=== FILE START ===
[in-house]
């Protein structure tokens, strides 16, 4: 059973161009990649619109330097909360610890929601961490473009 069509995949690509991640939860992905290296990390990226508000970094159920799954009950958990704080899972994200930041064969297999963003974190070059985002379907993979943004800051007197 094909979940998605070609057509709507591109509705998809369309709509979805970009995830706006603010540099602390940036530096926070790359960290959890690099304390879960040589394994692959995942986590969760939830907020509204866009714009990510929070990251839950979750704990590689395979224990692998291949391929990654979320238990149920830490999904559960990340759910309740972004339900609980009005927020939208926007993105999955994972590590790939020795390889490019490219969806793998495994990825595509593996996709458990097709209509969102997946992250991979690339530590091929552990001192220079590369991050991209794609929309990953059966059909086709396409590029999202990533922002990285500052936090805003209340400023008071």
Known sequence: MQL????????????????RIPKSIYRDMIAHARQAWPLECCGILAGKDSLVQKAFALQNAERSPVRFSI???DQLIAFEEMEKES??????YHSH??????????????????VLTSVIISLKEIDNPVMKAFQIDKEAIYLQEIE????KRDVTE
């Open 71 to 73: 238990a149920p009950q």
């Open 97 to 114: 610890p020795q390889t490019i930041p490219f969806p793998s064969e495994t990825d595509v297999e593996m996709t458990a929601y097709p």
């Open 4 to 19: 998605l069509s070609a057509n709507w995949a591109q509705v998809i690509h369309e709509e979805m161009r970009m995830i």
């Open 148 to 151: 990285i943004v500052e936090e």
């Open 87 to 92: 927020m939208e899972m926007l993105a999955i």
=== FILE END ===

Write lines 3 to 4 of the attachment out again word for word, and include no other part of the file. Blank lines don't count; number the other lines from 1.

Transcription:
Known sequence: MQL????????????????RIPKSIYRDMIAHARQAWPLECCGILAGKDSLVQKAFALQNAERSPVRFSI???DQLIAFEEMEKES??????YHSH??????????????????VLTSVIISLKEIDNPVMKAFQIDKEAIYLQEIE????KRDVTE
């Open 71 to 73: 238990a149920p009950q």